The Wall Street Journal: Ethiopia and Eritrea take concrete steps to ending two-decade-old conflict

The Wall Street Journal: Ethiopia and Eritrea take concrete steps to ending two-decade-old conflict

Ethiopia and Eritrea announced the first concrete steps toward normalizing relations after two decades of conflict during an unprecedented visit Sunday by the Ethiopian prime minister.


The two neighboring archenemies agreed to open up their airspace to one another, re-establish telephone communications, reopen embassies and allow Ethiopia — which became landlocked when Eritrea seceded a quarter-century ago — to use its smaller coastal neighbor’s port, gaining precious access to the Red Sea, the countries’ leaders said.


Lasting peace between Ethiopia and Eritrea could herald a new era in a strategic part of Africa near the Middle East. Ethiopia is a top Western and Chinese ally in the conflict-prone Horn of Africa, near one of the world’s busiest shipping routes. Eritrea hosts a major United Arab Emirates military base, and is home to a 715-mile Red Sea coastline near the Suez Canal.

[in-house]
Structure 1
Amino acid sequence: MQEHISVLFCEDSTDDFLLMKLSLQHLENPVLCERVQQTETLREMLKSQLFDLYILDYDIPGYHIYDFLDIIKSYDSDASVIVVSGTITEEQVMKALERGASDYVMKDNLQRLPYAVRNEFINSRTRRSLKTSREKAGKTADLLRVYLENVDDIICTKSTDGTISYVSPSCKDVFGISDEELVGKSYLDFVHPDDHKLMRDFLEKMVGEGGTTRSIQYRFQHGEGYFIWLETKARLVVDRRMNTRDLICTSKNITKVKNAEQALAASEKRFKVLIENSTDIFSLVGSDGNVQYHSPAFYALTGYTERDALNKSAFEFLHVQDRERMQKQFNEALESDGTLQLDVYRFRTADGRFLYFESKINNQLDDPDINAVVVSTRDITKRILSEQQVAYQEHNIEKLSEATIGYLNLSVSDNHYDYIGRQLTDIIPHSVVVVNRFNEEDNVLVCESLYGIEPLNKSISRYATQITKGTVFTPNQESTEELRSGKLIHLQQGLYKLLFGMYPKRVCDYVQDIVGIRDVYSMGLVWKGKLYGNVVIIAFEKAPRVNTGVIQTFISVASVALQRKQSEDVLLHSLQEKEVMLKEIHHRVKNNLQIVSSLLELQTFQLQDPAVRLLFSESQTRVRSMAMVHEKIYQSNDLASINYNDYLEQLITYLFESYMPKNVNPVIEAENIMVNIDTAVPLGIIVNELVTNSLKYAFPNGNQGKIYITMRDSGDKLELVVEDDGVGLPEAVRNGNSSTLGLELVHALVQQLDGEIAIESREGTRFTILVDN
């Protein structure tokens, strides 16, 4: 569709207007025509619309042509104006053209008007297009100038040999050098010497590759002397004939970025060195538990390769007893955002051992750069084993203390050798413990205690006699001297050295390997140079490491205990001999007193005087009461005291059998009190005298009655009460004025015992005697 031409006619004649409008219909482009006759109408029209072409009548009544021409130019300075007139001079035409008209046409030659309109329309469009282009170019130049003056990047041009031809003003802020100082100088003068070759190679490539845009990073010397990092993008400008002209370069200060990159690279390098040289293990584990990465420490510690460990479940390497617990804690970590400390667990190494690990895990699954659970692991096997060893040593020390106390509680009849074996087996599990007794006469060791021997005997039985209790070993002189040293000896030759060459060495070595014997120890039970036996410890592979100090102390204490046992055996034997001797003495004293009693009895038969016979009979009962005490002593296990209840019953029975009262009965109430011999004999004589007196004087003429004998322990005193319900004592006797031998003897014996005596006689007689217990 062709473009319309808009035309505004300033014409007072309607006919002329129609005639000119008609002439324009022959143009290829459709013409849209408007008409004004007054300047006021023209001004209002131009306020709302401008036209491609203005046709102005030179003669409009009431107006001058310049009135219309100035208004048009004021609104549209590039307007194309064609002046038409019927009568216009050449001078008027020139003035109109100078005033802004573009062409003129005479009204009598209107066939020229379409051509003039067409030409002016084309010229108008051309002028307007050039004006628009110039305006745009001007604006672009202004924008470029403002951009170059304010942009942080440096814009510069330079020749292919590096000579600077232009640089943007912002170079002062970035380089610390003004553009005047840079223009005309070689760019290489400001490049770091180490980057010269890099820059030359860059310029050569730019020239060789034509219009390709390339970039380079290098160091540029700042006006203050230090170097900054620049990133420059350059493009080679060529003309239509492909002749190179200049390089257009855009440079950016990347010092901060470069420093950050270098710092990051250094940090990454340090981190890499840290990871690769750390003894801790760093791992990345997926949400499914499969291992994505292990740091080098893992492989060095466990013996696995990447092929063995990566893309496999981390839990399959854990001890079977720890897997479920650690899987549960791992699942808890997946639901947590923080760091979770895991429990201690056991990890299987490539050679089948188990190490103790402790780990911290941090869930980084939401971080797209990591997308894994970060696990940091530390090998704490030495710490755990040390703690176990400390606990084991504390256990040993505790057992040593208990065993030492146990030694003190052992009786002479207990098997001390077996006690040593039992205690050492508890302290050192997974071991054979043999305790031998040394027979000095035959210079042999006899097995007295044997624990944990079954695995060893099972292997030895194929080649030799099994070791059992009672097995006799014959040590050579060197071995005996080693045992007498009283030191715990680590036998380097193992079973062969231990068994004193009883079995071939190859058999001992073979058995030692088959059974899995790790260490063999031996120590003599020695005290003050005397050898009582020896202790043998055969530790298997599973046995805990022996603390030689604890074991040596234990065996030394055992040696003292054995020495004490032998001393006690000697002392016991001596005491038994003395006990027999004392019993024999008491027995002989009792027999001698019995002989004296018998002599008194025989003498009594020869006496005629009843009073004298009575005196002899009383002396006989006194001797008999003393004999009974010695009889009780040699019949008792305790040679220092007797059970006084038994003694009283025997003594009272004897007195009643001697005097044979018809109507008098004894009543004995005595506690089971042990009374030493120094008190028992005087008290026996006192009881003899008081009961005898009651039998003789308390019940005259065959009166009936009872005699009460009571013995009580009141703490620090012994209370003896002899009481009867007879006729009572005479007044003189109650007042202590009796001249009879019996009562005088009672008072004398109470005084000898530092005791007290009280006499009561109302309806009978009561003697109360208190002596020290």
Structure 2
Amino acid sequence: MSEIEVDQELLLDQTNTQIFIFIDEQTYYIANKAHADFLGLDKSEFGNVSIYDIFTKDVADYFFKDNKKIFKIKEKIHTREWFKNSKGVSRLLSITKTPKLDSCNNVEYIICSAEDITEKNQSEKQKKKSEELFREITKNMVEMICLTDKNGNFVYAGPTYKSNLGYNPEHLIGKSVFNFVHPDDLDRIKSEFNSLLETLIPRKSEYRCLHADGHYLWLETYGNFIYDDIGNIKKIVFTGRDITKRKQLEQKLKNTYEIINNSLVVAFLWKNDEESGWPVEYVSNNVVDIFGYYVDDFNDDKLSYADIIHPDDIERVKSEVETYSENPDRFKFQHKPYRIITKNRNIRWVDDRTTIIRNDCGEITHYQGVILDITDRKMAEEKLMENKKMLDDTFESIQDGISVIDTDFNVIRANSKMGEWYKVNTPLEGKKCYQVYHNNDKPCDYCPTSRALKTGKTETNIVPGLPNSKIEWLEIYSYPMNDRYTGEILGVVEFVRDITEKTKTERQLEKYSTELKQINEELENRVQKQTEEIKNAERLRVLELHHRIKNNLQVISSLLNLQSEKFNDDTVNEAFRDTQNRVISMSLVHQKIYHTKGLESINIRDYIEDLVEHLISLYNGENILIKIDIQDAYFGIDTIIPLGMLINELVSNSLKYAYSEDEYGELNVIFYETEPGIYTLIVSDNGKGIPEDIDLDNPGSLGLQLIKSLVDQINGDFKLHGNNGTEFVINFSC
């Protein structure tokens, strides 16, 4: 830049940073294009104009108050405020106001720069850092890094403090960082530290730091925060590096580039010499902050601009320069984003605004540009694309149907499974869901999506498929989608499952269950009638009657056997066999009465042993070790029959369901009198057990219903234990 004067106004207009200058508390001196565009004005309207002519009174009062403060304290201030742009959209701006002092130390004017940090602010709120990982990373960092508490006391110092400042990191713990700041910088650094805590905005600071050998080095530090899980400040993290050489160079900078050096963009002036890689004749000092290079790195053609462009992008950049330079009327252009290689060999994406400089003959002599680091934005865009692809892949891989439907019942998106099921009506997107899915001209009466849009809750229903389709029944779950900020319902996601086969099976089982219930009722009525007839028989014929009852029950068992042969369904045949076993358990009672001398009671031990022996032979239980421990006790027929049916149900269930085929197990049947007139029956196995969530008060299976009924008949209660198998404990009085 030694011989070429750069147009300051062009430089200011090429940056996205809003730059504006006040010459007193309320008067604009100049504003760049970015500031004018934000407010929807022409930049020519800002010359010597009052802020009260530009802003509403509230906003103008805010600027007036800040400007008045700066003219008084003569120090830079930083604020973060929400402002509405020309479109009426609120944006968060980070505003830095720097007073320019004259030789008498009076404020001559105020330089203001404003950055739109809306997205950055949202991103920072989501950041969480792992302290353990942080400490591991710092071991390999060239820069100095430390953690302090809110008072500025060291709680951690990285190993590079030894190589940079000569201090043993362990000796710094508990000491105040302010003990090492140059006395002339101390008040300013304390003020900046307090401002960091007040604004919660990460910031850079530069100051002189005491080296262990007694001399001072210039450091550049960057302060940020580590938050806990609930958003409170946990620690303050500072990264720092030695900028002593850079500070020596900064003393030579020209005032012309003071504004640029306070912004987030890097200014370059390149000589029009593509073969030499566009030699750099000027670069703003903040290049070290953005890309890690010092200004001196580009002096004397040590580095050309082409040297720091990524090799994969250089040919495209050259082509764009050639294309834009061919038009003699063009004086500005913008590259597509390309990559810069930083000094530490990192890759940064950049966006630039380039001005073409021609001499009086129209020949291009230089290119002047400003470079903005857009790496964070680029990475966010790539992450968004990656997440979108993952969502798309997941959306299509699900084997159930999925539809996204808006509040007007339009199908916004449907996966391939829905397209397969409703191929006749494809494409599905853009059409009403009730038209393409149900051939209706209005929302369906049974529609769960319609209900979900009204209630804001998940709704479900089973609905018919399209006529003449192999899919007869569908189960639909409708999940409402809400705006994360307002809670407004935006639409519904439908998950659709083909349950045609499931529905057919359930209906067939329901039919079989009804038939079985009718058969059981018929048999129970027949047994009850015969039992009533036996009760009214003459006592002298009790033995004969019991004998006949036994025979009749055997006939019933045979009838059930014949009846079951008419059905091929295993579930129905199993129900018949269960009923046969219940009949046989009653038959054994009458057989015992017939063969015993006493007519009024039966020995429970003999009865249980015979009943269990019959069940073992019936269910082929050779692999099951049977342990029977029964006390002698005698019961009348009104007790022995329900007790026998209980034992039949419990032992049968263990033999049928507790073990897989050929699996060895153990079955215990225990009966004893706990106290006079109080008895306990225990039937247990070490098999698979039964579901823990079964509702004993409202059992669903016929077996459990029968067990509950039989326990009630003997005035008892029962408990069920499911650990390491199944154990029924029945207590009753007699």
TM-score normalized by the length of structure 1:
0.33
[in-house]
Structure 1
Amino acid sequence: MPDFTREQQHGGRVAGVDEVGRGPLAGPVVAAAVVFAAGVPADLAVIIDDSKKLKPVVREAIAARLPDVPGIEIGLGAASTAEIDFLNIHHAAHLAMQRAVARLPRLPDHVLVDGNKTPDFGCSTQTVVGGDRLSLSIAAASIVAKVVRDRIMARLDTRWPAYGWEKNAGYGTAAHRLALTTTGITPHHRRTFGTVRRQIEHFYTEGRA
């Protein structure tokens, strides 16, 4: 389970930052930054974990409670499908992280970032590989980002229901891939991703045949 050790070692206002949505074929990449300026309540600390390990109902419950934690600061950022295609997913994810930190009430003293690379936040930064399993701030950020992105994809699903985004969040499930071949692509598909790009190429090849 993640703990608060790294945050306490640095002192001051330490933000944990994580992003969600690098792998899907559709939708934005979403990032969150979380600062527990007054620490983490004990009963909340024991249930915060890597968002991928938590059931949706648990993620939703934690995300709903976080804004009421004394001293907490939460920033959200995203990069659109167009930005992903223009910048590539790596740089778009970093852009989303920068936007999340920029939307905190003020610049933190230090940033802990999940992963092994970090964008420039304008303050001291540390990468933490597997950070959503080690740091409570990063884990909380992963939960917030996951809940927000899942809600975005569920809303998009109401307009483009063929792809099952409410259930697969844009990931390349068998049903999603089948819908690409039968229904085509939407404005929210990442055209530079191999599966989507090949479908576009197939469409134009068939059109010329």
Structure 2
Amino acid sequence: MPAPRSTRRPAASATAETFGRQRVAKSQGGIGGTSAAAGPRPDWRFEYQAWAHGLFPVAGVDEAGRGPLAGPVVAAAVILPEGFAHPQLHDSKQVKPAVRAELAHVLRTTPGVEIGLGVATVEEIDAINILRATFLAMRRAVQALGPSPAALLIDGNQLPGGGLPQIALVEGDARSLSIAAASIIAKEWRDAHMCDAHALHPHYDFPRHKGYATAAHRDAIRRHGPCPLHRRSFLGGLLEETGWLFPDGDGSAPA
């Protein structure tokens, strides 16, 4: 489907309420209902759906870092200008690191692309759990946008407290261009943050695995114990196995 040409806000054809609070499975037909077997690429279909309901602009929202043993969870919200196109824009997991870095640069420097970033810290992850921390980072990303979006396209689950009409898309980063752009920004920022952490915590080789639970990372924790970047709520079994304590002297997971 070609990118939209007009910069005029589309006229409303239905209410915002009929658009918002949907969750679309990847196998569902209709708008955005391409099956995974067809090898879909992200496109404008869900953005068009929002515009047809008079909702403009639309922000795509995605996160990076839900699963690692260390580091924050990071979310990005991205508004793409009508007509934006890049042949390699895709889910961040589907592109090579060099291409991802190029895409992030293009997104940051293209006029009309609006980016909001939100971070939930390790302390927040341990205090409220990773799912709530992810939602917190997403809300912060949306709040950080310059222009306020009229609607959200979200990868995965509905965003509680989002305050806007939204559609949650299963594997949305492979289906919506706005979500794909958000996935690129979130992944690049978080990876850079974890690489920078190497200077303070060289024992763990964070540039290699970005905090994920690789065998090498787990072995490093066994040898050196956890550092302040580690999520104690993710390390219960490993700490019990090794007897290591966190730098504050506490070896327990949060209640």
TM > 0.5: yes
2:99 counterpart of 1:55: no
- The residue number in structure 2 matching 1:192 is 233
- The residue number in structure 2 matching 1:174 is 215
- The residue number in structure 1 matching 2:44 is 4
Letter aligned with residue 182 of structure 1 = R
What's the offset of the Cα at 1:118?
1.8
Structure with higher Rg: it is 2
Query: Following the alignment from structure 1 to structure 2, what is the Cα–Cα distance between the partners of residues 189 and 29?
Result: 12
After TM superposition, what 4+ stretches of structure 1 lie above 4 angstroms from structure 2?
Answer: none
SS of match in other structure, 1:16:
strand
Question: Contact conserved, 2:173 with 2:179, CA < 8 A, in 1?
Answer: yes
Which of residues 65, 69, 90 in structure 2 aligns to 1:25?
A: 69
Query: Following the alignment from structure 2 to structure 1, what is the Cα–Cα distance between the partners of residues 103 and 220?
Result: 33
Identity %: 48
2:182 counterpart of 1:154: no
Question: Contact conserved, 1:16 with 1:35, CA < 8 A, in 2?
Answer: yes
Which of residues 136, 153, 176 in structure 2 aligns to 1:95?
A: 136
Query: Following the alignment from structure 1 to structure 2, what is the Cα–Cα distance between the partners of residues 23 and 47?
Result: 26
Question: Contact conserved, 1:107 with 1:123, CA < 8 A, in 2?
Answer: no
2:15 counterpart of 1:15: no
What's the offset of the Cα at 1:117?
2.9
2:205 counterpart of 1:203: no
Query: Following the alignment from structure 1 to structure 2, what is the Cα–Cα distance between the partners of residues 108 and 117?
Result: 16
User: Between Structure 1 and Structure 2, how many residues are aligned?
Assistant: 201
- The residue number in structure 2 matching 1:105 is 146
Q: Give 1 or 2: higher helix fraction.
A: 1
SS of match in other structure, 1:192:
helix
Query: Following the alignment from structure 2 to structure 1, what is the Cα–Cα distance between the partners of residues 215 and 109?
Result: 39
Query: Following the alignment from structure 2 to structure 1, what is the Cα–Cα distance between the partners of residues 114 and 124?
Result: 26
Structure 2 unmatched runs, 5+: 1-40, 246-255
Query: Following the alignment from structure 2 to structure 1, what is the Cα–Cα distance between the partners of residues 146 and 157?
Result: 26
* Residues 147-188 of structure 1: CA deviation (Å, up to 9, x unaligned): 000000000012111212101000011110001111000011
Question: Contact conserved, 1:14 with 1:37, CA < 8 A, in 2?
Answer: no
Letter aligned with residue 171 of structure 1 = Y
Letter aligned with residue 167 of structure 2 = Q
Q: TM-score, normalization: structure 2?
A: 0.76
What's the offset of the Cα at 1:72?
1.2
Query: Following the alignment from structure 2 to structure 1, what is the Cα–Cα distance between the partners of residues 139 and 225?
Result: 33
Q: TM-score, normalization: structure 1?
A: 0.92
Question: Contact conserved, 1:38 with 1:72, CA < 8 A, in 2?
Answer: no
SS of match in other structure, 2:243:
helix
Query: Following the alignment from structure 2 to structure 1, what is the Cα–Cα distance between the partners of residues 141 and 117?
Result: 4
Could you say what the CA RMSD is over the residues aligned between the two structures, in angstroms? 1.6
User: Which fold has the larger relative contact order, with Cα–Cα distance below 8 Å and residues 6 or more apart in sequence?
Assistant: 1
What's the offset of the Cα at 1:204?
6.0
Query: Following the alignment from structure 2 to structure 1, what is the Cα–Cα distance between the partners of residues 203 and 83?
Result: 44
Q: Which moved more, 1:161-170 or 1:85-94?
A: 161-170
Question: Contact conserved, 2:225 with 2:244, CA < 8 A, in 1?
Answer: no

Ethiopian leader Abiy Ahmed was greeted in Asmara, one of the world’s most reclusive capitals, by longtime Eritrean rebel-turned-dictator Isaias Afwerki. Afwerki, 72, became president of Eritrea at independence in 1993. The two men embraced at Asmara airport as Eritrean women danced to welcome Ahmed, Ethiopian state TV reported. The visit came after a senior Eritrean delegation visited Addis Ababa last month to start peace talks between the David-and-Goliath neighbors, and is the first by an Ethiopian leader in recent history.


An expanded version of this report appears on WSJ.com.

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